Archives for 2014

Dan Primack on Angel Investing

Ditch DiggingWe’re all investors, but we’re no angels

Dan Primack recently wrote a good piece on how hard angel investing is. You can find most of the full article here, but I have pulled out some key points below. It is mostly a re-hash of the Kauffman study in honor of the new general solicitation rules, but some of his points bear repeating: investing in start-ups is work. You may lose money. You will need to do due diligence. You will need to invest in a lot of companies to do well.

Many, many experienced angels can tell you that you can make money at, it but none will tell you it is easy or that it can be done by mouse-clicking on AngelList. Here’s more from Dan: [Read more…]

SolarCity: Better Than Nothing

Solar panel installationI’m torn about this distributed solar electricity sales craze. The New York Times recently ran an article about how Wall Street is going nuts over Elon Musk’s solar company SolarCity. Companies like SolarCity turn the normal residential solar market on their head. Instead of selling you a solar installation and equipment, they borrow your roof, put their own install on it and sell you the electricity it generates. Other companies using this model include SunPower, SunEdison, Sunrun, Vivint, and Sungevity. Residential solar is growing. Why my unease?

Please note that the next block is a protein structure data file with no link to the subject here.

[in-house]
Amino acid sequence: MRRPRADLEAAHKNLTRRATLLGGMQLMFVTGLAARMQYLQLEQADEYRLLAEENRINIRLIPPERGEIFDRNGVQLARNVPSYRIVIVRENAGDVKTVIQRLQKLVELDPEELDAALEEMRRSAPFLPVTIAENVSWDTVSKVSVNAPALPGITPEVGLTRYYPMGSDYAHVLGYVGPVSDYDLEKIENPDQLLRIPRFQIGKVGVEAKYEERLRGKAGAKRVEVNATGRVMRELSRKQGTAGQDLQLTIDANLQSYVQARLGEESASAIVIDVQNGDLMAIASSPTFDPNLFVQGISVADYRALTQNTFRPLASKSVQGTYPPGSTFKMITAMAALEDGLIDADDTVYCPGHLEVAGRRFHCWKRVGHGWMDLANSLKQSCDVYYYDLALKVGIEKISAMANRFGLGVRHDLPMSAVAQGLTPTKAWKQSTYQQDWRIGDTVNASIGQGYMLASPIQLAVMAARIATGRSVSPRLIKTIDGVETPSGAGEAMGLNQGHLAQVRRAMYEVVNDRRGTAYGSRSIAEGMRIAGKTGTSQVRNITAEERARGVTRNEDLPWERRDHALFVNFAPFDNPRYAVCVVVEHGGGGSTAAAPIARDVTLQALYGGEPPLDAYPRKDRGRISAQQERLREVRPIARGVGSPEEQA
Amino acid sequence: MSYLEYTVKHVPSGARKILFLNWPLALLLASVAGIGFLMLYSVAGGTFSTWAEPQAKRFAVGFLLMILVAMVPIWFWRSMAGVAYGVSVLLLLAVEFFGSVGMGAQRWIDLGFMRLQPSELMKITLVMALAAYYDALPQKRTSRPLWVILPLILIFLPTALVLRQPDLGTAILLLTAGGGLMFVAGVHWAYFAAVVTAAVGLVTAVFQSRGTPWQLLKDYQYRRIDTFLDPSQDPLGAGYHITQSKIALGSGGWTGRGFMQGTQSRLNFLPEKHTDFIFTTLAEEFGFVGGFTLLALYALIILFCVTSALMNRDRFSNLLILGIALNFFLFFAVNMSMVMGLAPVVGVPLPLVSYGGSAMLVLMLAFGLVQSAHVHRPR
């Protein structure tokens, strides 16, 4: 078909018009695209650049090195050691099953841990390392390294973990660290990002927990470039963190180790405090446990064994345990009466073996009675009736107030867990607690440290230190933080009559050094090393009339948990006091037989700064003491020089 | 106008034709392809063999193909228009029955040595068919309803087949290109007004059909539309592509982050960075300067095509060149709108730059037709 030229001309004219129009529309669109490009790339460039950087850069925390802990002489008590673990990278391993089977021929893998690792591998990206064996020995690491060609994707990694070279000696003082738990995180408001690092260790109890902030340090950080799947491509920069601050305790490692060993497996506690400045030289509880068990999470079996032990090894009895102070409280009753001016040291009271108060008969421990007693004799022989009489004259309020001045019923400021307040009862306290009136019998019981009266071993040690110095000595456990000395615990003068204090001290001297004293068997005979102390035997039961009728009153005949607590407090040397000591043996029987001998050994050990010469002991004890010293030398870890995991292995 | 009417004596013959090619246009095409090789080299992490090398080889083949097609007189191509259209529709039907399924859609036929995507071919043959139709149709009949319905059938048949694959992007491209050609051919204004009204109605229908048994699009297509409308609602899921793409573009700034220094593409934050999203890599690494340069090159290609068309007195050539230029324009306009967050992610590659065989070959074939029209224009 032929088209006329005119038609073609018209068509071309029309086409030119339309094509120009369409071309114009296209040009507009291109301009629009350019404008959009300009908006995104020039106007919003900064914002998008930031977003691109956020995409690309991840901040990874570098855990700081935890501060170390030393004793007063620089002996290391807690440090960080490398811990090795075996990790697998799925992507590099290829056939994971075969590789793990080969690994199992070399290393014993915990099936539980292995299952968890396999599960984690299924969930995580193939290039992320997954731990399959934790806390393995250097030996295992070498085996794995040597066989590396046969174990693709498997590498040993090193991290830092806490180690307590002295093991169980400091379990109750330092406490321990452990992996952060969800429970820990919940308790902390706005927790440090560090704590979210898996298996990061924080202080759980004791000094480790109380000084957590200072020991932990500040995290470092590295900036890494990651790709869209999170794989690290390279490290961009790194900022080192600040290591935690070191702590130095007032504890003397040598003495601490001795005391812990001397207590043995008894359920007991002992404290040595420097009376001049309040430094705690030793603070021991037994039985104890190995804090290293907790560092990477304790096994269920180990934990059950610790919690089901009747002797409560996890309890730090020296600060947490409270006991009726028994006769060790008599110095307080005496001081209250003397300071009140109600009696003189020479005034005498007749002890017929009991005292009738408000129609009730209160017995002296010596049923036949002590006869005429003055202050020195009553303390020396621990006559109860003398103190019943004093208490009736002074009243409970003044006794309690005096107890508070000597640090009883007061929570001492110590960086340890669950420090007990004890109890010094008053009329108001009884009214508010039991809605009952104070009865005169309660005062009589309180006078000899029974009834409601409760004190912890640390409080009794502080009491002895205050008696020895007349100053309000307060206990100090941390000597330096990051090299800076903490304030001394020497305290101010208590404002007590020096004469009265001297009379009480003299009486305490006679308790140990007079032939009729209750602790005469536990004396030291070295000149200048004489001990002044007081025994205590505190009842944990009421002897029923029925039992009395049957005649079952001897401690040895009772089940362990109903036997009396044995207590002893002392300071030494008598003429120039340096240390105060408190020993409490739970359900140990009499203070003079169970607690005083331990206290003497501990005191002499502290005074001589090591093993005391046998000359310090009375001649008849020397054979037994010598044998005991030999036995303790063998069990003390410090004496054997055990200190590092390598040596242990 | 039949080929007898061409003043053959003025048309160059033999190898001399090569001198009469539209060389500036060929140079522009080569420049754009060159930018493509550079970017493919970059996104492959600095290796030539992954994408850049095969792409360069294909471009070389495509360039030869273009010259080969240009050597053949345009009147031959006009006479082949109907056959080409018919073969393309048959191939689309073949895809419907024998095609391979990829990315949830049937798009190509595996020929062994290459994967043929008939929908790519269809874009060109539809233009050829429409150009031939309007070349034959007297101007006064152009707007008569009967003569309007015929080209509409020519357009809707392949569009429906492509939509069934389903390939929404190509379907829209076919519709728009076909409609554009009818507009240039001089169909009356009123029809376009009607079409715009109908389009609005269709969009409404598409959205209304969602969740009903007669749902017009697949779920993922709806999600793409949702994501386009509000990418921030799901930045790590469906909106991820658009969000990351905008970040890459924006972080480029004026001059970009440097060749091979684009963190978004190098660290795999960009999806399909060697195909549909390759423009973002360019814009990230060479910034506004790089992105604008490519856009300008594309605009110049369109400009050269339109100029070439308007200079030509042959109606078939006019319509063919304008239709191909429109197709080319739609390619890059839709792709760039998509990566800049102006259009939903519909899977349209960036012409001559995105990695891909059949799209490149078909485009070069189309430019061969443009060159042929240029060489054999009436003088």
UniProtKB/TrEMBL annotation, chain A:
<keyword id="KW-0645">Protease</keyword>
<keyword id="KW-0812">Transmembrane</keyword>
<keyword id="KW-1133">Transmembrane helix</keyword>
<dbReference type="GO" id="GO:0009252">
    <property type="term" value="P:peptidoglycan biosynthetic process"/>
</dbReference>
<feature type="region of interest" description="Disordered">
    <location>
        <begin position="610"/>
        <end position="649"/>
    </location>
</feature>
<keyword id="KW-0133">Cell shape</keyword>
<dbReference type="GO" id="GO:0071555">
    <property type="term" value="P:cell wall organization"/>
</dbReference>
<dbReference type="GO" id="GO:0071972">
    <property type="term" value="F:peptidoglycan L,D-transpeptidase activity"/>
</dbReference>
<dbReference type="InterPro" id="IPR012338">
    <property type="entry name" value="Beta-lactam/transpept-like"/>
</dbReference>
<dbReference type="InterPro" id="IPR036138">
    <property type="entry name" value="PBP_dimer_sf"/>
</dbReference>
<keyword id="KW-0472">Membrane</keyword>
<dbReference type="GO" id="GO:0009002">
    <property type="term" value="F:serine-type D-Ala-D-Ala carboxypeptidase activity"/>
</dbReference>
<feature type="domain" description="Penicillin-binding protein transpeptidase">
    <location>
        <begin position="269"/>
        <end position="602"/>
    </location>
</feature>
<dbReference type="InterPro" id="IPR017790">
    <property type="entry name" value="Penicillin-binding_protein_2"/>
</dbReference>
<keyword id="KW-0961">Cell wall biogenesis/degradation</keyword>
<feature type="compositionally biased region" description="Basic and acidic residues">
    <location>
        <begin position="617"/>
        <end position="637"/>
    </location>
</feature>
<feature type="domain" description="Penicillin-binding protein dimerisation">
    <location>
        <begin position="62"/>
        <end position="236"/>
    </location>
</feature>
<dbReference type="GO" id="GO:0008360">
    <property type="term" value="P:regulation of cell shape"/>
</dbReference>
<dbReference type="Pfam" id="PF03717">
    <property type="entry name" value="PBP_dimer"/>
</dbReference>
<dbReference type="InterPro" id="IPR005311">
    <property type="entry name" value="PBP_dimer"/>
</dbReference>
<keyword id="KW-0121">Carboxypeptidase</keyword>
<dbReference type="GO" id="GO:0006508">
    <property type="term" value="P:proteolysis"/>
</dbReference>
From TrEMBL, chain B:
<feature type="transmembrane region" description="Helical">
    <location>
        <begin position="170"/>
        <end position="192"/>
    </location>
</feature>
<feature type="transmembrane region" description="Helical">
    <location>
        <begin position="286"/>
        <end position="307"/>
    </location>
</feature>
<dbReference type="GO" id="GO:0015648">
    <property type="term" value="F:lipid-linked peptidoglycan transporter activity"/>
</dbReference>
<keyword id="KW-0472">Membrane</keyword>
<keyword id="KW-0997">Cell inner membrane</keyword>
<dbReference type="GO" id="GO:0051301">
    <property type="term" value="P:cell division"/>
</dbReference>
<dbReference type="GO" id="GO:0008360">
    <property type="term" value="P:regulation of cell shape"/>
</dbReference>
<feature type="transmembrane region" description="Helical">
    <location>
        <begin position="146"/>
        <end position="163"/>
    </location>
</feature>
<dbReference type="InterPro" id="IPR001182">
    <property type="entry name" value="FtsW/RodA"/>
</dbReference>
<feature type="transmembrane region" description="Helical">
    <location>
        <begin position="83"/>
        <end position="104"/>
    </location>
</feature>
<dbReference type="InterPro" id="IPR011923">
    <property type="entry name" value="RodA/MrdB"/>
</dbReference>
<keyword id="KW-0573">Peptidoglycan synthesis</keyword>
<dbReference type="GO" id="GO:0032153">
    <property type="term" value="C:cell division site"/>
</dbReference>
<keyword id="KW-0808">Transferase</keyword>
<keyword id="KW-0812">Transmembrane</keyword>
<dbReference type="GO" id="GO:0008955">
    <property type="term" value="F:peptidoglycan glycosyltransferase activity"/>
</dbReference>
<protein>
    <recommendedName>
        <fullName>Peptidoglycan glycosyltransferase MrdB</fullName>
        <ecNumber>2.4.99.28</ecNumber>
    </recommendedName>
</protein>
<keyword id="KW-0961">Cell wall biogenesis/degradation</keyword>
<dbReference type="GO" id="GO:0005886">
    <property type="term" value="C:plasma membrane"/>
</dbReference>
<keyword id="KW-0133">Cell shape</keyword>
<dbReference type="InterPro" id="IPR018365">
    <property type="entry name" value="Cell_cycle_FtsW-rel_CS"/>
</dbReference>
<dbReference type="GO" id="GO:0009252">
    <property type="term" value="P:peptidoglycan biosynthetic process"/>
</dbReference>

My concerns stem mostly from the wasted potential, and the temptation for abuse. On the positive side, these companies do create more solar roofs, every single one of which is good for the environment. Every little bit helps. And with their consumption of panels, they drive volume and stimulate the powerful price-drop economics that come from increased scale. Also a good thing. And in many cases, they do save customers some money, which is a good thing.

But as I point out when discussing the economics of my solar project, these companies are kind of a rip-off. You get only a tiny fraction of the savings your system generates – the rest goes to the company.